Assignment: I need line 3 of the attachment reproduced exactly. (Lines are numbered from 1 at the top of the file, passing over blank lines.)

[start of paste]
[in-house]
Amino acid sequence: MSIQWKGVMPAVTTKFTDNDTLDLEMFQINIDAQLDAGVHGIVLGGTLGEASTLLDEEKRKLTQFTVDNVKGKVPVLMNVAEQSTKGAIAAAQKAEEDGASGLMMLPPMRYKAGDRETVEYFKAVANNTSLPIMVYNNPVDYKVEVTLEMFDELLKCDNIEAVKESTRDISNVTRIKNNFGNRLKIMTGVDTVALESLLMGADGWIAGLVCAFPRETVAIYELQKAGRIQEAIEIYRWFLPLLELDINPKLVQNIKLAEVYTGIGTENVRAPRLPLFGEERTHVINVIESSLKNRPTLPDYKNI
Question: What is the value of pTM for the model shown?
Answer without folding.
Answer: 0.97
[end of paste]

Question: What is the value of pTM for the model shown?